“Tan­gled Up!” pub­lic ser­vice ad en­cour­ages res­i­dents to re­cy­cle right

The Dundalk Eagle - - BY THE PEOPLE -

A new pub­lic ser­vice ad demon­strates why Bal­ti­more County doesn’t ac­cept items such as plas­tic bags and cloth­ing for re­cy­cling.

Pro­duced in-house by Bu­reau of Solid Waste Man­age­ment em­ploy­ees, “Tan­gled Up!” shows how op­er­a­tions are halted daily at the County’s Ma­te­ri­als Re­cov­ery Fa­cil­ity (MRF) be­cause of res­i­dents putting “tan­glers” in their re­cy­cling bins.

“Tan­gled Up!” will be shown be­fore fea­ture films at Cine­mark Tow­son, AMC White Marsh and AMC Owings Mills for six weeks start­ing De­cem­ber 21. It will also run on the County’s tele­vi­sion chan­nel, BCTV (ca­ble chan­nel 25 on Ver­i­zon and Com­cast). Cur­rently, the PSA can be viewed on­line at Face­book, YouTube and the County’s web­site.

What are Tan­glers?

Tan­glers are ma­te­ri­als such as plas­tic bags and tex­tiles that get caught in the MRF equip­ment and must be cut out by hand, one by one, for op­er­a­tions to re­sume. At the end of each day, the County uses 10 tem­po­rary em­ploy­ees to cut tan­glers from between a few thou­sand “stars” on the MRF’s five sort­ing screens. Watch a video of the sorters at the County’s MRF be­com­ing tan­gled with plas­tic bags. If res­i­dents kept tan­glers out of the re­cy­cling stream, these em­ploy­ees could do other main­te­nance.

Re­cy­cling and Waste Preven­tion Man­ager Char­lie Reighart said that keep­ing tan­glers out of the re­cy­cling stream is part of an over­all ef­fort by the County to re­duce con­tam­i­na­tion. Re­duc­ing con­tam­i­na­tion (non-re­cy­clable items in the bin) has be­come more im­por­tant due to ef­forts by China to ban im­ports of cer­tain prod­ucts and tighten con­tam­i­na­tion lim­its on oth­ers.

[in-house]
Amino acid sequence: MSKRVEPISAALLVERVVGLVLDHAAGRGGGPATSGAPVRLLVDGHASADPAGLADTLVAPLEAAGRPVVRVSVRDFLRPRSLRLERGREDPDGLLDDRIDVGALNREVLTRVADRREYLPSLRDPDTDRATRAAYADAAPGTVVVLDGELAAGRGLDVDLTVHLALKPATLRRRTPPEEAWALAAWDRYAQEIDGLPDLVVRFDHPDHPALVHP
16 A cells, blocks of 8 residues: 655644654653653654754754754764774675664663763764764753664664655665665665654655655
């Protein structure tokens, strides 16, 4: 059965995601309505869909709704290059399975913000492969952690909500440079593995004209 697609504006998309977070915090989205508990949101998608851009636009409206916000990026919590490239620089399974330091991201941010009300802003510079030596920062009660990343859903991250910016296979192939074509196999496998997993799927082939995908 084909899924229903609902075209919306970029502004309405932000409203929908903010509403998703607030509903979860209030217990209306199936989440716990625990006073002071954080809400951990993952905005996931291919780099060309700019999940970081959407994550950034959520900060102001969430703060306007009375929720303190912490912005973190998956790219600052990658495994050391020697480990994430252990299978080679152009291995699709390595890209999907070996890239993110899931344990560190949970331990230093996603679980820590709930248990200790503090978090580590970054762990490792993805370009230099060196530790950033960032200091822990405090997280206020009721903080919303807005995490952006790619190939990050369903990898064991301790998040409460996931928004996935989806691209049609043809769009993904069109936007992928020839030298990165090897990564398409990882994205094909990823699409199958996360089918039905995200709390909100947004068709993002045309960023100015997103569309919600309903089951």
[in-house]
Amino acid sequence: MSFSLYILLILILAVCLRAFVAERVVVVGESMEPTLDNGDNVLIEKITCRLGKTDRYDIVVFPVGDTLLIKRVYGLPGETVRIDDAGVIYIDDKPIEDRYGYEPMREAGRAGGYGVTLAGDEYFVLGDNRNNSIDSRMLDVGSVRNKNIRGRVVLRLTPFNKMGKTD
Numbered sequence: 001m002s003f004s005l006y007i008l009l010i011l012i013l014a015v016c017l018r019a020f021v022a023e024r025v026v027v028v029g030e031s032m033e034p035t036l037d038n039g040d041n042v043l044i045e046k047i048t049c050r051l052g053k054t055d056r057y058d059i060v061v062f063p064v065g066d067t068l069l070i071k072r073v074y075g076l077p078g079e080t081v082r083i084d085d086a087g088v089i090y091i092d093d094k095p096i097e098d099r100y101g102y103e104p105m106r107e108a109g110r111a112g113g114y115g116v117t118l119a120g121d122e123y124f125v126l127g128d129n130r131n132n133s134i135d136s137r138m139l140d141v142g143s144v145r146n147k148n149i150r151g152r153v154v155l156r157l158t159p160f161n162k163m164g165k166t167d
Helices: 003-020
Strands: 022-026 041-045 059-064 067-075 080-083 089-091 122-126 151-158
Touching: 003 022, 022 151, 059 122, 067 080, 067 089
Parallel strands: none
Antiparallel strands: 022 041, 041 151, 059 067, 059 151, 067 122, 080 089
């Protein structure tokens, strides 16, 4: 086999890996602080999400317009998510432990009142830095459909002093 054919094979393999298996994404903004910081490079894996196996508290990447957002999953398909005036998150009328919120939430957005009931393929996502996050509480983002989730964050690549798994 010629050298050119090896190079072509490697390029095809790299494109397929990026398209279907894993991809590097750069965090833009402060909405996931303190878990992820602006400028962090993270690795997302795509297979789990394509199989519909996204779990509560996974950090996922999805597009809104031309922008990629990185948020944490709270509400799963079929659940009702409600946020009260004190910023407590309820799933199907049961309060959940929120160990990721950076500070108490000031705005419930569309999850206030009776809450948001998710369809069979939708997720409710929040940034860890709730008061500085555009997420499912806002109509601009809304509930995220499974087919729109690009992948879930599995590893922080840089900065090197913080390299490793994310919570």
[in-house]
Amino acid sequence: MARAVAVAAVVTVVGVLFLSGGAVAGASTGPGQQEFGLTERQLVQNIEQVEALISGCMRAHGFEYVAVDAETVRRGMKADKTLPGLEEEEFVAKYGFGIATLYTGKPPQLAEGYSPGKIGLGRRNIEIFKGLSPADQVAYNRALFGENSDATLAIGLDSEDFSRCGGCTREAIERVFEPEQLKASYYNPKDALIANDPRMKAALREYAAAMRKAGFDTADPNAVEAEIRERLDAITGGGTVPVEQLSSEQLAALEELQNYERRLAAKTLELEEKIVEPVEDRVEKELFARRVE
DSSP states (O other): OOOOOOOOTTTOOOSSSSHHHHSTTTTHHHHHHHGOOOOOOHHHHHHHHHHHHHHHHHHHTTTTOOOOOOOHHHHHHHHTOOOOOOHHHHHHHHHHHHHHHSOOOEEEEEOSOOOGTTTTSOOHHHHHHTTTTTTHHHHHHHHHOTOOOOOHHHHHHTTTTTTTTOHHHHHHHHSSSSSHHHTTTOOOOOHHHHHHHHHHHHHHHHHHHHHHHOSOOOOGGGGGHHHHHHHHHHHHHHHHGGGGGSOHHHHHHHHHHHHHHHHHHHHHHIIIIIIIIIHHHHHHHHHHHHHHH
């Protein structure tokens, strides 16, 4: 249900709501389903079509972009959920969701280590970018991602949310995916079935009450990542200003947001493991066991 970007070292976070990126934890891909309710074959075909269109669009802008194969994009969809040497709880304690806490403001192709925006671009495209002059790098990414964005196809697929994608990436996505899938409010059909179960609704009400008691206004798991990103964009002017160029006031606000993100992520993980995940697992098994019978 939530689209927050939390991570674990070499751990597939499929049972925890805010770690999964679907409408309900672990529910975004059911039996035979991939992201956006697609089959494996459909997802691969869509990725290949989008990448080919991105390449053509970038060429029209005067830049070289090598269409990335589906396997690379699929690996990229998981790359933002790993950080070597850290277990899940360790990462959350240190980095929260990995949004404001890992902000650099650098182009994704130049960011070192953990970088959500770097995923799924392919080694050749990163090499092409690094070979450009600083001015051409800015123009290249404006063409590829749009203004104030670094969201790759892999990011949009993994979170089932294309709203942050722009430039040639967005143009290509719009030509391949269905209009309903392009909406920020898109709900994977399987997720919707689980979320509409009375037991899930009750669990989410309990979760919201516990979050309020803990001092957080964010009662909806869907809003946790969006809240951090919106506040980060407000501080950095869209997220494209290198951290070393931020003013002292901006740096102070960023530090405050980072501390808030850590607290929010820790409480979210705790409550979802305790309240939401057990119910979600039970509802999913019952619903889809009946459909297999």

“While we ap­pre­ci­ate res­i­dents re­cy­cling, it is crit­i­cal that they keep con­tam­i­nants out of their re­cy­cling so that the County re­ceives more money for its re­cy­clables and pro­duces qual­ity ma­te­rial for new prod­ucts,” Reighart said. “We hope this PSA will get peo­ple to think twice be­fore they throw.”

Keep Tan­glers Out of the Re­cy­cling Stream

The County asks res­i­dents to re­use, up­cy­cle, do­nate or prop­erly dis­pose of tan­glers in a trash can in­stead of plac­ing them in the re­cy­cling bin.

Lo­cal re­tail­ers of­ten ac­cept plas­tic bags for re­cy­cling. Res­i­dents are en­cour­aged to visit abagslife. com or plas­tic­film­re­cy­cling.org to find plas­tic bag re­cy­cling drop-off lo­ca­tions in Bal­ti­more County. In ad­di­tion, the Bu­reau of Solid Waste Man­age­ment up­dates its Re­use Di­rec­tory ev­ery two years to help res­i­dents find places to do­nate or sell cloth­ing, linens and other items that the County does not ac­cept for re­cy­cling. For tan­gler up­cy­cle projects and re­use ideas, res­i­dents can fol­low Clean Green Bal­ti­more County on Face­book or search Pin­ter­est.

For more in­for­ma­tion on ac­cepted re­cy­clables, see the County’s web­site or call 410-887-2000.

Tour the County’s MRF

Bal­ti­more County of­fers free, 60-90 minute tours for up to 30 peo­ple. Tours are given to groups of all kinds, in­clud­ing com­mu­nity as­so­ci­a­tions, faith-based or­ga­ni­za­tions and stu­dent groups, grades four and up. The tours al­low peo­ple to learn about waste man­age­ment in Bal­ti­more County and see first­hand what hap­pens to re­cy­clables from the time they are col­lected un­til they are baled for mar­ket. Those in­ter­ested in tak­ing a MRF tour can sub­mit a re­quest on­line.

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